Fran Lowry

February 07, 2012

February 7, 2012 (Houston, Texas) — Eight days of antimicrobial therapy for ventilator-associated pneumonia (VAP) might not be enough when the infecting pathogens are nonlactose-fermenting Gram-negative bacilli (NLF-GNB), according to research presented here at the Society of Critical Care Medicine 41st Critical Care Congress.

Dr. Gina Shirah

"A shortened antibiotic course will frequently lead to persistent primary infection in patients with NLF-GNB ventilator-associated pneumonia," Gina Shirah, MD, from the Maricopa Medical Center in Phoenix, Arizona, said in an oral presentation.

Such patients need repeat bronchoalveolar lavage (BAL) during therapy to tailor duration of antimicrobial therapy, to reassess the effectiveness of treatment, and to determine changes in resistance profiles, Dr. Shirah explained.

"Half of our patients were found to be not treated, and half of our patients were also found to be not sensitive to the same antibiotics we had them on initially," she told Medscape Medical News after her presentation.

Suspecting that an 8-day course of antibiotics for NLF-GNB infection would be inadequate and result in persistent primary infection, Dr. Shirah and her team did a retrospective review of 77 patients with VAP who had originally been diagnosed with BAL and who underwent subsequent BAL during treatment at their level I trauma center over a 4.5-year time period.

Persistent primary infection was defined as a decrease of less than 2-log10 in the initial species on subsequent BAL.

On average, the second BAL was done on day 7 of antibiotic therapy (range, day 3 to day 14). Forty-eight percent of subsequent BAL was done after more than 8 days of therapy.

The patients were classified into 2 groups. Group A was infected with NLF-GNB, and group B showed infection with Enterobacteriaceae, methicillin-resistant Staphylococcus aureus, and community-acquired pathogens including Haemophilus spp, methicillin-sensitive S aureus, and Streptococcus spp.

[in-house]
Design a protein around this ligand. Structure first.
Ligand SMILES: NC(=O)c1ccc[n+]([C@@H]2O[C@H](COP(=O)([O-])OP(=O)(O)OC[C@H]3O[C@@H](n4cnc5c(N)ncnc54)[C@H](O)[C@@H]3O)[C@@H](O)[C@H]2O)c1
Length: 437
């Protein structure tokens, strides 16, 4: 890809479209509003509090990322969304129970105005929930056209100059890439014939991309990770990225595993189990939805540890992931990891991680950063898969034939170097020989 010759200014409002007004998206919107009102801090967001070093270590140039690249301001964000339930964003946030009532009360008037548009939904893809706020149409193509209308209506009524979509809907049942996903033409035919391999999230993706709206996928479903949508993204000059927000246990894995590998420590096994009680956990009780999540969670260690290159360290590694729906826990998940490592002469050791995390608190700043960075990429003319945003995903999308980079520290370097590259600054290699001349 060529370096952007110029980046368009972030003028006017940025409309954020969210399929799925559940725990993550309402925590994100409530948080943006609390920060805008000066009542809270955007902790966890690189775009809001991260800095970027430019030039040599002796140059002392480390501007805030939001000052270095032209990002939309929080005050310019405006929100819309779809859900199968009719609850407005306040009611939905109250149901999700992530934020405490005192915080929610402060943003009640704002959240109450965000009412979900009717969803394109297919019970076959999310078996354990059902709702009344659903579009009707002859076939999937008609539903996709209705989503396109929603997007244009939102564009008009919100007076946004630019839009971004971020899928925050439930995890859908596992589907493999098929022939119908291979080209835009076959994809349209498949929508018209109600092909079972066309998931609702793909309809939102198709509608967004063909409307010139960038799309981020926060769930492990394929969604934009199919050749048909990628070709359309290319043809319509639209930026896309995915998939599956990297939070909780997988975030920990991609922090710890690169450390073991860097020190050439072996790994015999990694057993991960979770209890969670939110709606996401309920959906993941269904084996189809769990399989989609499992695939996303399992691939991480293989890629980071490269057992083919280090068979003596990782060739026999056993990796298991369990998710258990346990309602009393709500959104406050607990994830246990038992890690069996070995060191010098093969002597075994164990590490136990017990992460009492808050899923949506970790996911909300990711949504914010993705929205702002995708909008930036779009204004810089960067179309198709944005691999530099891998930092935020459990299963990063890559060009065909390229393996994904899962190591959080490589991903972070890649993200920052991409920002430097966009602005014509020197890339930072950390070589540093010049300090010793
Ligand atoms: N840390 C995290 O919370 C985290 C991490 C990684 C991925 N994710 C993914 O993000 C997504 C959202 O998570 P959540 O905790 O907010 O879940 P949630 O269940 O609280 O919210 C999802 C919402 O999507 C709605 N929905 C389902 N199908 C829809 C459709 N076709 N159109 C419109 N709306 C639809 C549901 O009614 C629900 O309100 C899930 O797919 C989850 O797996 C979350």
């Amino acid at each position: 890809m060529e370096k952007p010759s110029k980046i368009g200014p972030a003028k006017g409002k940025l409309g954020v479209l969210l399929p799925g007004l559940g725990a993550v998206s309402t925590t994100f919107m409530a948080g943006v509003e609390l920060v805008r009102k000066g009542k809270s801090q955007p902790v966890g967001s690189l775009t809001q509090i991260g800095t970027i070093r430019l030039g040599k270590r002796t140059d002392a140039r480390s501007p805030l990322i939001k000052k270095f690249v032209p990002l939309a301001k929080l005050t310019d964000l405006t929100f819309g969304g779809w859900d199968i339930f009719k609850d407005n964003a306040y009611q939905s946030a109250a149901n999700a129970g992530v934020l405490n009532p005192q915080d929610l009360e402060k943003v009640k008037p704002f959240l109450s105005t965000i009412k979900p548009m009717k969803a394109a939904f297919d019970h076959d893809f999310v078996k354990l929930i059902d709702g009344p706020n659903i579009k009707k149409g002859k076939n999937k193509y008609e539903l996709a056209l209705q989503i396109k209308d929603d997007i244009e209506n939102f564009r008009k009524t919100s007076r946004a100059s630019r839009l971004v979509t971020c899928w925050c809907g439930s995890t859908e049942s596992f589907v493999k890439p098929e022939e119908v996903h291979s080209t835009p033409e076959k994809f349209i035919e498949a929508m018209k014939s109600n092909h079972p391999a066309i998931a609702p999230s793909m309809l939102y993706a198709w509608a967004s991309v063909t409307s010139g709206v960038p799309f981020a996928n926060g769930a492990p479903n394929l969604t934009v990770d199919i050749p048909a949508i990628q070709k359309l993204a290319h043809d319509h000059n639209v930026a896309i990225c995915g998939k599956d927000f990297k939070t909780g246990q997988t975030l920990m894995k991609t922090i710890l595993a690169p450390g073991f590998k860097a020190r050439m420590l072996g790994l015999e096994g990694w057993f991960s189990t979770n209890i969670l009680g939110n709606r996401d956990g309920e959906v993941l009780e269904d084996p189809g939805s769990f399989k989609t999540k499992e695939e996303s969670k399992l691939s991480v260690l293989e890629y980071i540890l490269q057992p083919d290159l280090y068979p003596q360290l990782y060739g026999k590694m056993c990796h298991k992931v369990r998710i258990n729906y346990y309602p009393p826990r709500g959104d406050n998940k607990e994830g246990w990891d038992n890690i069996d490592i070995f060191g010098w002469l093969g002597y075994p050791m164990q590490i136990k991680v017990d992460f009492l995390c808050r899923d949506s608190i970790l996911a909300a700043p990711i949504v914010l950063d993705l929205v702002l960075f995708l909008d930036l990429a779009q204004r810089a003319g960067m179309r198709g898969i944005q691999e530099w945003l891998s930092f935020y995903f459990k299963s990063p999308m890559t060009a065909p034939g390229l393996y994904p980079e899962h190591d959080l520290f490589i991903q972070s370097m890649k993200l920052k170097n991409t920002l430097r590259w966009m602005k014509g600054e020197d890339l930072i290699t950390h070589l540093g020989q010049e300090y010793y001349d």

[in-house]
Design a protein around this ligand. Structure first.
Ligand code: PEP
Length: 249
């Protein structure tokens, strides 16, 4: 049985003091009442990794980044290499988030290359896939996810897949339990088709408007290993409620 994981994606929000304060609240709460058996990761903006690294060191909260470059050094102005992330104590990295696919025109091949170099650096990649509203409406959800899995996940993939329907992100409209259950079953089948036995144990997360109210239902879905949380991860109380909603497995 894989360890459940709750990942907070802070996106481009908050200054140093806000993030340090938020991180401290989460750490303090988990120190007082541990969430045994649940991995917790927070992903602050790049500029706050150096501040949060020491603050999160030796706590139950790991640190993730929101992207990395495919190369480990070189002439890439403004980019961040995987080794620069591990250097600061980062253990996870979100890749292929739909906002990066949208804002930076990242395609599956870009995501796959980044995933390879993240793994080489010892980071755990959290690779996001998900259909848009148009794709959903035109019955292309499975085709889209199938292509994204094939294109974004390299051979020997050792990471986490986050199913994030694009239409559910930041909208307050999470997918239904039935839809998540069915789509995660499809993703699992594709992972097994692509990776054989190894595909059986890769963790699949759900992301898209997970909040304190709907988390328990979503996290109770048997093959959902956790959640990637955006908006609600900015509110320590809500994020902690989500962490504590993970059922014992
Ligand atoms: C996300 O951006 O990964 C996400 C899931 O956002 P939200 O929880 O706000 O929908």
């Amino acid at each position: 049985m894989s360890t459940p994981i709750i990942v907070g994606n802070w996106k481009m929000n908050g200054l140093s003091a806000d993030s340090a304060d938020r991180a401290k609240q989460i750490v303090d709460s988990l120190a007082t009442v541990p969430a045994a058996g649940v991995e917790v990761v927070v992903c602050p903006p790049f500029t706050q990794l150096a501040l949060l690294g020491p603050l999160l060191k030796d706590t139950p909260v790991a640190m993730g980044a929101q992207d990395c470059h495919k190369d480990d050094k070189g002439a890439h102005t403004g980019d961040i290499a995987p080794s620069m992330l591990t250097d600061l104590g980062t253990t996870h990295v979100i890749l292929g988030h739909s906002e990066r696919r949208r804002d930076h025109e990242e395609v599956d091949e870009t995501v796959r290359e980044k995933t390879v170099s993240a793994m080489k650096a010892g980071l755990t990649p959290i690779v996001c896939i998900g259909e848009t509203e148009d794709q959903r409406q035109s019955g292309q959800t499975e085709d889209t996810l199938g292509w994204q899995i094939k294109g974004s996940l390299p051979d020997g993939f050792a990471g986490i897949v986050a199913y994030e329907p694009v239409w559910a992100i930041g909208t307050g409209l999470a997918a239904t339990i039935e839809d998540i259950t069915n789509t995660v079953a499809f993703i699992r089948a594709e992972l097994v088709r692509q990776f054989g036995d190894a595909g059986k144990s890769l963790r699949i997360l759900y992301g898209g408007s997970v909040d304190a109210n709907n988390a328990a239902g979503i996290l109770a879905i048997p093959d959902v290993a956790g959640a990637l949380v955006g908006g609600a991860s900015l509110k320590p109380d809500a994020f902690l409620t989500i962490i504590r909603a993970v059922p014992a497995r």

The study found persistent primary infection after 8 days of antimicrobial therapy in 69% of NLF-GNB patients. Pathogens identified included Pseudomonas aeruginosa and Acinetobacter baumannii.

In comparison, only 8% of group B patients showed persistent primary infection (P = .0004).

Additionally, in the NLF-GNB patients, 56% of the pathogens obtained on repeat BAL remained sensitive to the antimicrobial treatment.

"This is a very important topic," Todd Rice, MD, from Vanderbilt University Medical Center in Nashville, Tennessee, told Medscape Medical News.

"The literature about shortening duration of antibiotics for VAP suggested that these organisms were different, and the standard care in patients who have these organisms causing VAP is to treat longer," Dr. Rice noted.

"These data suggest that there is persistent infection at day 8, which is when we stop antibiotics in the ventilator-associated pneumonia caused by organisms other than these. The only real issue is that this 'persistent infection' is defined by microbiology 'failure' on bronchoalveolar lavage," he said.

Serial bronchoalveolar lavages are not routinely done in many patients or institutions, and it isn't clear if this microbiological definition of persistent infection is related to clinical outcomes, such as mortality, length of stay in the intensive care unit or hospital, and duration of ventilator support, Dr. Rice continued.

"These things would need to be evaluated and then probably confirmed in a prospective randomized clinical trial."

Dr. Shirah and Dr. Rice have disclosed no relevant financial relationships.

Society of Critical Care Medicine (SCCM) 41st Critical Care Congress: Abstract 44. Presented February 5, 2012.